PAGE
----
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Must Manuscripts Be Submitted with a Cover Letter?

The Purple Crayon Blog April 2007
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I received a question that very much surprised me recently. My correspondent wanted to know if cover letters were still expected with picture book manuscript submissions. I didn't see any reason for limiting the question just to picture books--so far as I was concerned, the answer was simple. Of course cover letters are expected with a submission!

Here's the full question:

I'm a member of SCBWI and have searched their website and yours for an answer to my question.  I just joined a writers' critique group and was asking for advice about drafting cover letters when submitting my picture book manuscripts. I've submitted several and have always included a brief cover letter as a courtesy. I understand, having read your comments on your website, that editors don't pay much attention to cover letters for picture books ... one good reason for keeping them brief. But, I thought it was the "polite thing to do", especially after reading Jacqueline Ogburn's piece in which she found submissions without one a little rude.

Well, I couldn't glean any advice from my group because they said it wasn't even necessary "these days" to include a cover letter with a picture book manuscript. So, now the question: could this be true?!

Here's my response: It's not true. That story, I thought, must have started with a published author, who of course already had a relationship with editors or is at least known to them, and so didn't need to have a cover letter. It's too bad that it's spread so widely, because a cover letter is still the professional thing to do.

Do Editors Expect Cover Letters?

Then I started wondering if perhaps I was behind the times. Has the accepted practice changed? Everyone is so busy, maybe cover letters have become a casualty. So I asked some colleagues at a variety of publishing houses how they felt about manuscripts without cover letters.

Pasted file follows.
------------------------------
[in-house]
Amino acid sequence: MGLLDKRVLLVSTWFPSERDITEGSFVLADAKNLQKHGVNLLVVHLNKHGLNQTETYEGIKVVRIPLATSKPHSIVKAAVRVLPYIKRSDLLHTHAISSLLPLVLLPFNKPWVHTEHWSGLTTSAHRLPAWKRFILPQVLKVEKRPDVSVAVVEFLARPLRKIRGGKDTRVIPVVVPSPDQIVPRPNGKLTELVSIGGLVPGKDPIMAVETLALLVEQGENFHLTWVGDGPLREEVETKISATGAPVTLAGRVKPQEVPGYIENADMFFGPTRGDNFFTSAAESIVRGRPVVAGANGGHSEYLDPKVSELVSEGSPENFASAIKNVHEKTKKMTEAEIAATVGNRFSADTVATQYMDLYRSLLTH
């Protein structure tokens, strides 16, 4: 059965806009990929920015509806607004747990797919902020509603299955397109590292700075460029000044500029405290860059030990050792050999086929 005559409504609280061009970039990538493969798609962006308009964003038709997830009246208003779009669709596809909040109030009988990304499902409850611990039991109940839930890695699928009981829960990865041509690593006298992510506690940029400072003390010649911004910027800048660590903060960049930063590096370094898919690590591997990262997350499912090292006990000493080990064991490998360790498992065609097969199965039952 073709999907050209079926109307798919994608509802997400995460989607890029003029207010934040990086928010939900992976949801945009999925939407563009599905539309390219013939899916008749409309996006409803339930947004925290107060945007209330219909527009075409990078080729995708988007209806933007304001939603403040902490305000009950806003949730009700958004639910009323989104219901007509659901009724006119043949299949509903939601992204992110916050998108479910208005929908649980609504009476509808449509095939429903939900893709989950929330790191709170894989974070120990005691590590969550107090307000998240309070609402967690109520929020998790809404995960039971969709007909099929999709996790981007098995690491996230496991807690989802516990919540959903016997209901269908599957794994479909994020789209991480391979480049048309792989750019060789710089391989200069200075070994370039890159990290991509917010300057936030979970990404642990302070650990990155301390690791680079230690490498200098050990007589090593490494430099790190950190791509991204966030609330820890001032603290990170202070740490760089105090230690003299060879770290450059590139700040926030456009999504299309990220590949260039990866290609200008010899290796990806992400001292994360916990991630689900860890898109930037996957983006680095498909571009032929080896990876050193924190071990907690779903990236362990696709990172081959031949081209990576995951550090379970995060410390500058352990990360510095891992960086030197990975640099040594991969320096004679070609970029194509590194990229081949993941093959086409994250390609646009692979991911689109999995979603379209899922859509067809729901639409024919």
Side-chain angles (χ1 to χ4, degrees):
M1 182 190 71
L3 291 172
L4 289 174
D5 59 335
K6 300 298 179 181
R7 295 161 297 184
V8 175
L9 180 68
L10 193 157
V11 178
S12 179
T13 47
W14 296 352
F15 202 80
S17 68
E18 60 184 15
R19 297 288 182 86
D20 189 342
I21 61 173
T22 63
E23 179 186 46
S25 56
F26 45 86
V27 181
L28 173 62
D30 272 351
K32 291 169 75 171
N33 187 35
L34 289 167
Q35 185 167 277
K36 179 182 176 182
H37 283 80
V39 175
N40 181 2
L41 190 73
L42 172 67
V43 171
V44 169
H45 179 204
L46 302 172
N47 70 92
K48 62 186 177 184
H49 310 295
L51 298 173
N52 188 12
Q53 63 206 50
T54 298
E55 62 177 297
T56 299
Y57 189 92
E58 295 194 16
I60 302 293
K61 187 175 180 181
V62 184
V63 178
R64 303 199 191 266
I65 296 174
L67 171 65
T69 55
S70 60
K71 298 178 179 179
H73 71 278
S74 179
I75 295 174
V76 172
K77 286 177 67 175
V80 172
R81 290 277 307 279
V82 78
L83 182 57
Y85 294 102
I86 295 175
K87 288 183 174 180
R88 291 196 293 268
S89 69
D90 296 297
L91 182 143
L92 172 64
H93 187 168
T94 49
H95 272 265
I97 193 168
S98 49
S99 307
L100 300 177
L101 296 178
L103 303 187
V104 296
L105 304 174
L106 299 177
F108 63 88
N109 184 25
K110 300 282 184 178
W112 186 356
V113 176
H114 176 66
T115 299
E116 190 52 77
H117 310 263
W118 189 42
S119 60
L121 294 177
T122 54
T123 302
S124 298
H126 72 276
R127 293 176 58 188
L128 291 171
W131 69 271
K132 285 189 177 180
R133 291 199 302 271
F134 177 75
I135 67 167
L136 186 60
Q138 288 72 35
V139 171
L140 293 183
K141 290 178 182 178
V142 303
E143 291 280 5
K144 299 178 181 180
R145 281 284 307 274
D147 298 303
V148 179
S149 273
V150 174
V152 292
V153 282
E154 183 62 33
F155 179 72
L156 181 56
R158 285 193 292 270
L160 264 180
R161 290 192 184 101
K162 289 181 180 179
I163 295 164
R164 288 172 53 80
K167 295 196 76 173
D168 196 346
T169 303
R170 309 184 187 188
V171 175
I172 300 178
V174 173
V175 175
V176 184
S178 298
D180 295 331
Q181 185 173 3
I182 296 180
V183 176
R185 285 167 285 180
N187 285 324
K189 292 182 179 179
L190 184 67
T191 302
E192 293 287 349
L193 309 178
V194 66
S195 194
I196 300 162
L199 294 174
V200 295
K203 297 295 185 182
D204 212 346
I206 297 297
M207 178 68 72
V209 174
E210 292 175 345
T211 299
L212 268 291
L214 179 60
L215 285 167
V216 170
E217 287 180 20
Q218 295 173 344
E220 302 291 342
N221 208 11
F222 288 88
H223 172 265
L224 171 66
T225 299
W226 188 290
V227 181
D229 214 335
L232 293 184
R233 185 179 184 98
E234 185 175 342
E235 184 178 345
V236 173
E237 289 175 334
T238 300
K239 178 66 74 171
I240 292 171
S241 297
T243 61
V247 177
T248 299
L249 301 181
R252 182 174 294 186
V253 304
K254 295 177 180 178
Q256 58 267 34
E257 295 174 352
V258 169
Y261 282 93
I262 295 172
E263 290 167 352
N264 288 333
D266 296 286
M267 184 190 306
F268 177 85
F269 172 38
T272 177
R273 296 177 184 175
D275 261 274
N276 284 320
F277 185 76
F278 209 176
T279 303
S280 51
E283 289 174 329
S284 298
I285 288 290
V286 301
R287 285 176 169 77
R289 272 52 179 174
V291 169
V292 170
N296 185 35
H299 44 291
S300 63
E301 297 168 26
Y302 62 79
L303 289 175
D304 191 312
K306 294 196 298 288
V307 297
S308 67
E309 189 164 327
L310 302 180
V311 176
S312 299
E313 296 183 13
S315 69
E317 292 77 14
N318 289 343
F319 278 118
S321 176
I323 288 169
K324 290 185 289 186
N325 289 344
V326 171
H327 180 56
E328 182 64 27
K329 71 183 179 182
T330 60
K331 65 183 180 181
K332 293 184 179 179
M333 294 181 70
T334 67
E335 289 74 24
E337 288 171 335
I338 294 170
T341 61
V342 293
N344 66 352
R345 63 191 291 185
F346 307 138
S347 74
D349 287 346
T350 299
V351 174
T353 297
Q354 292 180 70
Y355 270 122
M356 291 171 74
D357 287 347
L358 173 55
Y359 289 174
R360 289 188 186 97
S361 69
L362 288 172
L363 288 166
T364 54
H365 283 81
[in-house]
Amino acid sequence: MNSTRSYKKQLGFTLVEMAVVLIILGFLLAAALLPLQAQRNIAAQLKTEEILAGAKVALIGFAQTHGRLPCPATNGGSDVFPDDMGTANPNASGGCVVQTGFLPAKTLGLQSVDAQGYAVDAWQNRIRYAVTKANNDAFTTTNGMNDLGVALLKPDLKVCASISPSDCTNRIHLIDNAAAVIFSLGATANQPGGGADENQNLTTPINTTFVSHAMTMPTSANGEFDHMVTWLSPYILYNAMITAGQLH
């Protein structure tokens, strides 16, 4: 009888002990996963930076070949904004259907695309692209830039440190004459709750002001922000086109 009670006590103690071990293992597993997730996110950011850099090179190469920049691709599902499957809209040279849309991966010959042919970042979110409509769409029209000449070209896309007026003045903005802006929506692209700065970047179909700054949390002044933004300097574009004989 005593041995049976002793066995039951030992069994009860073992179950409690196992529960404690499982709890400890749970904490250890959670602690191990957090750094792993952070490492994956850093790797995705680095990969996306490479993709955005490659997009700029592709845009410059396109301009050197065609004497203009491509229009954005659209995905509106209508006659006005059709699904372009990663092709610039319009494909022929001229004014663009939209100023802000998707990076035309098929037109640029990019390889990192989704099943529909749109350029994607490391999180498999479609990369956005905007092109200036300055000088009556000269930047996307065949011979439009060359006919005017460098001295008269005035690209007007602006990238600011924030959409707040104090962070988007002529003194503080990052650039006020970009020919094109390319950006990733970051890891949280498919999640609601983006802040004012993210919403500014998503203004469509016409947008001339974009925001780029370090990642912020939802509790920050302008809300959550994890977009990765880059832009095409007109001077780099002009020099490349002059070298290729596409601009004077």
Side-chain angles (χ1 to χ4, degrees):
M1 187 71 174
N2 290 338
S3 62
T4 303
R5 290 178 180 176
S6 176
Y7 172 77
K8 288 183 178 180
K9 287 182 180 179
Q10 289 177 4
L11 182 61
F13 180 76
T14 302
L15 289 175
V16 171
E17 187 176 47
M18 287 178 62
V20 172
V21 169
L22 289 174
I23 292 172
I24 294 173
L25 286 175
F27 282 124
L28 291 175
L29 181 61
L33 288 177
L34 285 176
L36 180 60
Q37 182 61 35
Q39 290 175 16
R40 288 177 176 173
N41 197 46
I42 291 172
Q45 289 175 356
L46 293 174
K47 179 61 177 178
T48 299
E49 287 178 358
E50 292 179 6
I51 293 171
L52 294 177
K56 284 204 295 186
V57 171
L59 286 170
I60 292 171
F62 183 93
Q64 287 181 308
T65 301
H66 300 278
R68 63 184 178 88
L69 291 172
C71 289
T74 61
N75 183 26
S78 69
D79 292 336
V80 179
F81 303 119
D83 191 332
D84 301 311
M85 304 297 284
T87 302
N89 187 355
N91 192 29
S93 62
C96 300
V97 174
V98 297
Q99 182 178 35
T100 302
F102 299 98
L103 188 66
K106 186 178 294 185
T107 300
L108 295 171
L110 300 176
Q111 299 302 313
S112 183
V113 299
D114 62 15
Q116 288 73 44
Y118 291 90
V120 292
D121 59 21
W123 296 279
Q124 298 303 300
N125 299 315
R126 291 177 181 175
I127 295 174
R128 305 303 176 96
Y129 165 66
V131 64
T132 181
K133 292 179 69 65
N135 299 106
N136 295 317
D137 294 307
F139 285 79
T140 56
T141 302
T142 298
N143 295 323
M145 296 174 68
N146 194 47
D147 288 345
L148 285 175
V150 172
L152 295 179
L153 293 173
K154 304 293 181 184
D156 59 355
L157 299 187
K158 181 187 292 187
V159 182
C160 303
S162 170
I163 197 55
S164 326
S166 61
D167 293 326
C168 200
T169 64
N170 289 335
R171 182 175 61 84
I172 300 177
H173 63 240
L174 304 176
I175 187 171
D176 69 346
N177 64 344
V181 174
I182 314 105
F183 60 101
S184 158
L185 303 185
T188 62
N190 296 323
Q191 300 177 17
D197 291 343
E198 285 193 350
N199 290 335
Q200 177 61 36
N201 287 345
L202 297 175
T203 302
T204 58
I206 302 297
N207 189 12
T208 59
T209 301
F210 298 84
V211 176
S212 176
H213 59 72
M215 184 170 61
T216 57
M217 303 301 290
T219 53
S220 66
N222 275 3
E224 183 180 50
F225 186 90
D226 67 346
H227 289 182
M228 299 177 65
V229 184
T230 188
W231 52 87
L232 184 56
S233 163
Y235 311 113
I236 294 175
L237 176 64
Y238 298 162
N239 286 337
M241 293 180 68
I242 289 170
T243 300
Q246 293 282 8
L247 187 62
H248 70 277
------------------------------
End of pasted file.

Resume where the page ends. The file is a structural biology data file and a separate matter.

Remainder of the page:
Here's their response: All manuscript submissions should include a cover letter. Their feelings about this ranged from mild--one said a cover letter is "preferred"--to vehement--one said that she does not read manuscripts if they come without a cover letter. But all agreed that not bothering with a cover letter reflects poorly on the writer, giving the impression that the writer is careless or unprofessional.

Cover letters also give writers an opportunity to introduce themselves, and need not cover only previous publications or other qualifications. Editors like to know the kind of person they might end up working with. One editor said, in fact, that she saves time by not reading the cover letter until she's read the manuscript, but then returning to the cover letter to find out more about the writer if the manuscript interests her.

As a corollary to this, a similar bit of advice was making the rounds a few years ago, and may still be out there--that a sticky note with a breezy "Here it is!" was all that was needed on a submission. As with the no cover letter idea, the sticky note practice probably originated with published authors who used it with editors they already knew. But what works for a published author with an ongoing relationship will not necessarily work for a beginning writer without personal contacts.

Include a Cover Letter

So the conclusion is simple: include a cover letter. What should it say? Read Rites of Submission, the article by Jacqueline Ogburn mentioned above. What else should you do when making a submission? Read Getting Out of the Slush Pile for help, and strive to be polite, professional, and persistent.

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